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Reading the BonesActivity, Biology, and Culture$
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Elizabeth Weiss

Print publication date: 2017

Print ISBN-13: 9780813054988

Published to Florida Scholarship Online: May 2018

DOI: 10.5744/florida/9780813054988.001.0001

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PRINTED FROM FLORIDA SCHOLARSHIP ONLINE (www.florida.universitypressscholarship.com). (c) Copyright University Press of Florida, 2021. All Rights Reserved. An individual user may print out a PDF of a single chapter of a monograph in FLASO for personal use.date: 19 September 2021

Stress Fractures

Stress Fractures

Chapter:
(p.95) 5 Stress Fractures
Source:
Reading the Bones
Author(s):

Elizabeth Weiss

Publisher:
University Press of Florida
DOI:10.5744/florida/9780813054988.003.0005

Stress fractures (or fatigue fractures) are covered in this chapter. Stress fractures are assumed to occur due to microcracks from repetitive forces that accumulate to result in a complete bone break, but these fractures can result from a single traumatic event. The most common location for stress fractures is the vertebral column; two common vertebral stress fractures include spondylolysis and clay-shoveler’s fractures. Spondylolysis fractures, which occur on the lumbar vertebrae, are the most often reported stress fractures. Non-activity causes of stress fractures and the closely related stress hernias, called Schmorl’s nodes, have been found in twin studies; these fractures and hernias seem to be correlated with normal anatomical variation found in the vertebral column. These anatomical variations are likely determined by genes.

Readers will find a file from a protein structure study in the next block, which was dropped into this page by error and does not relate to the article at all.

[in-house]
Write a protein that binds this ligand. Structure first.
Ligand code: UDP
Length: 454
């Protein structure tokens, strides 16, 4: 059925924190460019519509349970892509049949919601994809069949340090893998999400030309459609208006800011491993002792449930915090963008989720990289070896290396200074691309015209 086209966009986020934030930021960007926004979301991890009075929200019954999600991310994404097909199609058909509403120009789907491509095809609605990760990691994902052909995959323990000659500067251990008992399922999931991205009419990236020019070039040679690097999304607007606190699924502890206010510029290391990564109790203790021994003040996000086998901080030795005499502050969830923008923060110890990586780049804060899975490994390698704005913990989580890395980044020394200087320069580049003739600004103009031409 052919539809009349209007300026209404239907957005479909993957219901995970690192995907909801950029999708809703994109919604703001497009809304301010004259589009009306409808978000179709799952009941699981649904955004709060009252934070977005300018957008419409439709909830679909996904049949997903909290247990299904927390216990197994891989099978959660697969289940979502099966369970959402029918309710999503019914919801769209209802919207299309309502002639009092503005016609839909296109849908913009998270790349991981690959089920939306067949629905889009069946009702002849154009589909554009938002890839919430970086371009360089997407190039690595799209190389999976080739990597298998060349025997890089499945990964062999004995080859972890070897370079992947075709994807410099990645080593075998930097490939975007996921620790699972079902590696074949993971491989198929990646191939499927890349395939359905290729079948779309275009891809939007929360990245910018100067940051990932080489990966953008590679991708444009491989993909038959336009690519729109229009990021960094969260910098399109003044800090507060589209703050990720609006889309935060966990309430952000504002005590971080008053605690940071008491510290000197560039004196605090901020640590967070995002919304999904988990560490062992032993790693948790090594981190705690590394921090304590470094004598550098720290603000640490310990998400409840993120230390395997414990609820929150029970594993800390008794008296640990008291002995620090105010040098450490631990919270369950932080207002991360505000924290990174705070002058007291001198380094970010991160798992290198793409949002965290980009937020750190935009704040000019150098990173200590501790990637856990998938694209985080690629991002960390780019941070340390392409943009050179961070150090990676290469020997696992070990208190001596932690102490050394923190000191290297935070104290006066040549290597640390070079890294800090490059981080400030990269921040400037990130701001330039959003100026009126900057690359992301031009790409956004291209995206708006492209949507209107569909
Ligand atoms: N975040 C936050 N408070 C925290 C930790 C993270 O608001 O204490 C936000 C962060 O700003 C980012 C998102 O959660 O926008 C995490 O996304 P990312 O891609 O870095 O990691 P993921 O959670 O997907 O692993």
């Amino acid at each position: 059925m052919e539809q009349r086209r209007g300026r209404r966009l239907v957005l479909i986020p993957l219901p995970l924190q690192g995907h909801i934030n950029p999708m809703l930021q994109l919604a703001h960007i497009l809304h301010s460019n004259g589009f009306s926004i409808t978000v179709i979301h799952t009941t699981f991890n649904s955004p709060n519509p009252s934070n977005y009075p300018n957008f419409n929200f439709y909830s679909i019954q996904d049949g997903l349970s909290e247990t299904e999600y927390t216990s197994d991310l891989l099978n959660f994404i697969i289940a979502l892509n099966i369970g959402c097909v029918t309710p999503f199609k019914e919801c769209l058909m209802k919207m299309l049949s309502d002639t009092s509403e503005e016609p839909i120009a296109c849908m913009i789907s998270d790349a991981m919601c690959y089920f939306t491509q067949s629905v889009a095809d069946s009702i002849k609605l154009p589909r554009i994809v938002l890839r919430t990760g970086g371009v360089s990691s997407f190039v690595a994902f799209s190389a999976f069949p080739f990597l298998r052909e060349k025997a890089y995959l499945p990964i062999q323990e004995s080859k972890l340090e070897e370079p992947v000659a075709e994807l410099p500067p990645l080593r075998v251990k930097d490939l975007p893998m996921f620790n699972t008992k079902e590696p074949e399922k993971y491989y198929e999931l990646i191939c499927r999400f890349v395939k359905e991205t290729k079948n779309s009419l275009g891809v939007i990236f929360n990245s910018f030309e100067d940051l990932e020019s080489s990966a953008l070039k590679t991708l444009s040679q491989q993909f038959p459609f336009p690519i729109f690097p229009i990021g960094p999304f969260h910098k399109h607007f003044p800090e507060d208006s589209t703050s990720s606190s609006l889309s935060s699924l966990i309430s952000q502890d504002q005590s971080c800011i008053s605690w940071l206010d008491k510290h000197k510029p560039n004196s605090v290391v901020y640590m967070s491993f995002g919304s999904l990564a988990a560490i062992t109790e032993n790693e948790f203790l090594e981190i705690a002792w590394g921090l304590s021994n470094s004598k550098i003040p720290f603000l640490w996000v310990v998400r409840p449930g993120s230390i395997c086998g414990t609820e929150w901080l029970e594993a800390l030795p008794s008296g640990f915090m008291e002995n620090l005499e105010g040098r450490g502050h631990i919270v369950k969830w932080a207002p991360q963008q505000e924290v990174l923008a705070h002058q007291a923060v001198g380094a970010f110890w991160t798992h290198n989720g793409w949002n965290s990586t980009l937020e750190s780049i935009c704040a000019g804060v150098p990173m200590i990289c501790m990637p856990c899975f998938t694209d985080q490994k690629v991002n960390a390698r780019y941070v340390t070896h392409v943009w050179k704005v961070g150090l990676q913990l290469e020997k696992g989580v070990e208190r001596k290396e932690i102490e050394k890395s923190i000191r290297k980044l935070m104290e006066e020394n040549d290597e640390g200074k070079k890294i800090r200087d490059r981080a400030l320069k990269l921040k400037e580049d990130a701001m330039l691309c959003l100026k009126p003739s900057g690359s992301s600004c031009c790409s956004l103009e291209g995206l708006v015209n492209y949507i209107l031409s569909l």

Keywords:   anatomical variation, clay-shoveler’s fracture, microcracks, Schmorl’s nodes, spondylolysis, stress fractures

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